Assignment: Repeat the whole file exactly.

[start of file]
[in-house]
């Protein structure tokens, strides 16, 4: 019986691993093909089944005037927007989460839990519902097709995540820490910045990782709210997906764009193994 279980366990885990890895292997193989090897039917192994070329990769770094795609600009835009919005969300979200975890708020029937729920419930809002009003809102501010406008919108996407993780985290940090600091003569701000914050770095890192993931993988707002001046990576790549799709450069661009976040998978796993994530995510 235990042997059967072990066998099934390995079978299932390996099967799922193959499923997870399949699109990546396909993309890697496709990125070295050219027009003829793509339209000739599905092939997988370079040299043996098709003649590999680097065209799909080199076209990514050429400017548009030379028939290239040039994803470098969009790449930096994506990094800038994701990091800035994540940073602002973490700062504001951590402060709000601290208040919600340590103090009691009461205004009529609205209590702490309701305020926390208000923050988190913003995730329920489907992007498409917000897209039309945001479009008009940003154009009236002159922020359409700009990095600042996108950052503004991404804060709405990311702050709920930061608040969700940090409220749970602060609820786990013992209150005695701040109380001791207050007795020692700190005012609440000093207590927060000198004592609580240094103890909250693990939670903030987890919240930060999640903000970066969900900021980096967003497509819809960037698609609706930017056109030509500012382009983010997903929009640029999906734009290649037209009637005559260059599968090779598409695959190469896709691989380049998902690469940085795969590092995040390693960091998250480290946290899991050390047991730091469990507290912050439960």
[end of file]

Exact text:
[in-house]
């Protein structure tokens, strides 16, 4: 019986691993093909089944005037927007989460839990519902097709995540820490910045990782709210997906764009193994 279980366990885990890895292997193989090897039917192994070329990769770094795609600009835009919005969300979200975890708020029937729920419930809002009003809102501010406008919108996407993780985290940090600091003569701000914050770095890192993931993988707002001046990576790549799709450069661009976040998978796993994530995510 235990042997059967072990066998099934390995079978299932390996099967799922193959499923997870399949699109990546396909993309890697496709990125070295050219027009003829793509339209000739599905092939997988370079040299043996098709003649590999680097065209799909080199076209990514050429400017548009030379028939290239040039994803470098969009790449930096994506990094800038994701990091800035994540940073602002973490700062504001951590402060709000601290208040919600340590103090009691009461205004009529609205209590702490309701305020926390208000923050988190913003995730329920489907992007498409917000897209039309945001479009008009940003154009009236002159922020359409700009990095600042996108950052503004991404804060709405990311702050709920930061608040969700940090409220749970602060609820786990013992209150005695701040109380001791207050007795020692700190005012609440000093207590927060000198004592609580240094103890909250693990939670903030987890919240930060999640903000970066969900900021980096967003497509819809960037698609609706930017056109030509500012382009983010997903929009640029999906734009290649037209009637005559260059599968090779598409695959190469896709691989380049998902690469940085795969590092995040390693960091998250480290946290899991050390047991730091469990507290912050439960």